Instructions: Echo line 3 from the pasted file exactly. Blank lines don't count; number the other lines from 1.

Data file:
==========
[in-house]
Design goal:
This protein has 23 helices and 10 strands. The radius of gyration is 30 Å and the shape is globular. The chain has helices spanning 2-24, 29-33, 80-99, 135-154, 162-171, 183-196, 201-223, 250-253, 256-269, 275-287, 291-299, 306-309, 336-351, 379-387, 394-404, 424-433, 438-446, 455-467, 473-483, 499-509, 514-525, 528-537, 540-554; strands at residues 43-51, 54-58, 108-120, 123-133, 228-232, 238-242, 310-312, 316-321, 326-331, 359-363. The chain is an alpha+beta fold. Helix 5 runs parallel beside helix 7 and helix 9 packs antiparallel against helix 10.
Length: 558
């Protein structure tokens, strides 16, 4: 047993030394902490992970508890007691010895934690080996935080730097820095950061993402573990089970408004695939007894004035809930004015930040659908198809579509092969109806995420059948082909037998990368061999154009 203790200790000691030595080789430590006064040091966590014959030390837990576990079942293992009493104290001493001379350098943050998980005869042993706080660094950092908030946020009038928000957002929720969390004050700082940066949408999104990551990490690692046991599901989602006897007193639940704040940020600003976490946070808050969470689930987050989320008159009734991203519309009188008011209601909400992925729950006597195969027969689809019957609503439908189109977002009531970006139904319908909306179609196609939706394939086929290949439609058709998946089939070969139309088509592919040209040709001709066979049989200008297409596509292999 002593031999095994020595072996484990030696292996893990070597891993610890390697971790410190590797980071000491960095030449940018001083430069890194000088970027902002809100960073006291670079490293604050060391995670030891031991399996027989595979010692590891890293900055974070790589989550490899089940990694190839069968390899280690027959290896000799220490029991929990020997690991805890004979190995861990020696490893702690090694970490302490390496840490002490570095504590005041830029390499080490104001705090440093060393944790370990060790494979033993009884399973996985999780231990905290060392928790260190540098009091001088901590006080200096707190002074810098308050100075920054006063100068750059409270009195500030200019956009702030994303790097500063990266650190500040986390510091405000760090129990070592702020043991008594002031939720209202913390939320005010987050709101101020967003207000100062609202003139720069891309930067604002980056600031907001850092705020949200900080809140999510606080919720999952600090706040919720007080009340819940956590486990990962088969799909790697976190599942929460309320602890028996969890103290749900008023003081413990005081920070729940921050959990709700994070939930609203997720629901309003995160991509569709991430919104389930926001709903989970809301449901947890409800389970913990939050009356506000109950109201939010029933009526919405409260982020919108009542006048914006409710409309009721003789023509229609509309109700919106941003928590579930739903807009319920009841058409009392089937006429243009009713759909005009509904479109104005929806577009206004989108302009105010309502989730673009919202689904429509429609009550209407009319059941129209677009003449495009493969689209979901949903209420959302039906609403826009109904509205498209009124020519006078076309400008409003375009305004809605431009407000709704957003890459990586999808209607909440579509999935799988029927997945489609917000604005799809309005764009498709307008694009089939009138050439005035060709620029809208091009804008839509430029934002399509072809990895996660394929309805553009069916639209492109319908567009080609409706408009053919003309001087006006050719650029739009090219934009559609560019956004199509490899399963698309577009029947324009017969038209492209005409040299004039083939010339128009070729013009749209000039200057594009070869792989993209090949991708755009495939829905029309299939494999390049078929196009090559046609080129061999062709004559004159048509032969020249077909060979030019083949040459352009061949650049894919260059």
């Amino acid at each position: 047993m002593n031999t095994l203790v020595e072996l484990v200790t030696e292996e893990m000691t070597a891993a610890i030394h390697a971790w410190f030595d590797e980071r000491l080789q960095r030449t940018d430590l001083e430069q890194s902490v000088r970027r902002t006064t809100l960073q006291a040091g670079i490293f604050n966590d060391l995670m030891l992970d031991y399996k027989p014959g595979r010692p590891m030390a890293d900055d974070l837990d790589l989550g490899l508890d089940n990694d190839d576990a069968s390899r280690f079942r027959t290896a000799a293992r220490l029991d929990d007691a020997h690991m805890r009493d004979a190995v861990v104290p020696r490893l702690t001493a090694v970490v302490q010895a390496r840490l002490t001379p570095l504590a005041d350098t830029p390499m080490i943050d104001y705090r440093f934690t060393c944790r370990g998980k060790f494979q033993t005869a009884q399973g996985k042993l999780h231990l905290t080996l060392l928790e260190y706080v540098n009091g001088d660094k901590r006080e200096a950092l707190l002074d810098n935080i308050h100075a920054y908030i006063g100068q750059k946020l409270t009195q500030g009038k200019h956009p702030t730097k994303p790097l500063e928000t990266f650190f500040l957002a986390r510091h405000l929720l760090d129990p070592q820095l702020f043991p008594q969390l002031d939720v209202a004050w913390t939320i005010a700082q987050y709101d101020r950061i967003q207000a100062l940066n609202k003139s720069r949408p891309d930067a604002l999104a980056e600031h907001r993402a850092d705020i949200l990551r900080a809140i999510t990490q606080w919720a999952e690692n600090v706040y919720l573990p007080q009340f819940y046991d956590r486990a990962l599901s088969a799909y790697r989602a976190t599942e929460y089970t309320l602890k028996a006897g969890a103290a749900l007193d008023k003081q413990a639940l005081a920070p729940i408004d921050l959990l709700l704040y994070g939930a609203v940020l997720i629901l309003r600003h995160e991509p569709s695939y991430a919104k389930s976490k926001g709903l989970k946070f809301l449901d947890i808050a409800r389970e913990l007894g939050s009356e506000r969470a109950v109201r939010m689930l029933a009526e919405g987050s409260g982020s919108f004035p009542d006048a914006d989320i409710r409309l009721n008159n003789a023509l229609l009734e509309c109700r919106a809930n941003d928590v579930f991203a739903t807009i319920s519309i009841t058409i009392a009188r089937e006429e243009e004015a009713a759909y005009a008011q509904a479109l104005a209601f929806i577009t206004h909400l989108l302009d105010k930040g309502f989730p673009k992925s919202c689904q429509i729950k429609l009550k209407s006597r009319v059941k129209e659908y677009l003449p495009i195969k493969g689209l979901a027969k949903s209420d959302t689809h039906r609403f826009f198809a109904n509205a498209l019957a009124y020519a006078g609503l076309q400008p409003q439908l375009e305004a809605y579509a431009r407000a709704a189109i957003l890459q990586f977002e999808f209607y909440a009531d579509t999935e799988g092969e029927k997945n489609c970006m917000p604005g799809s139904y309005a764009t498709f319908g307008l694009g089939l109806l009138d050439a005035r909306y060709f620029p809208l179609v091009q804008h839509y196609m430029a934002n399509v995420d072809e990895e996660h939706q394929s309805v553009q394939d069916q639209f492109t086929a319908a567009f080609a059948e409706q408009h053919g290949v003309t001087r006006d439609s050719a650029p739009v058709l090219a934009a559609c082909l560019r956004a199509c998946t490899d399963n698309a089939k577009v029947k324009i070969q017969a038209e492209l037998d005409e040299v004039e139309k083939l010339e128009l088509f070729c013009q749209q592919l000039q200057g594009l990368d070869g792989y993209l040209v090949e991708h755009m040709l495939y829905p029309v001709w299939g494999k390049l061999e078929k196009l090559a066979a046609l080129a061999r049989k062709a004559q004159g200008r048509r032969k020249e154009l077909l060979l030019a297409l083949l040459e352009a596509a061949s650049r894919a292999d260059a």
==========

This protein has 23 helices and 10 strands. The radius of gyration is 30 Å and the shape is globular. The chain has helices spanning 2-24, 29-33, 80-99, 135-154, 162-171, 183-196, 201-223, 250-253, 256-269, 275-287, 291-299, 306-309, 336-351, 379-387, 394-404, 424-433, 438-446, 455-467, 473-483, 499-509, 514-525, 528-537, 540-554; strands at residues 43-51, 54-58, 108-120, 123-133, 228-232, 238-242, 310-312, 316-321, 326-331, 359-363. The chain is an alpha+beta fold. Helix 5 runs parallel beside helix 7 and helix 9 packs antiparallel against helix 10.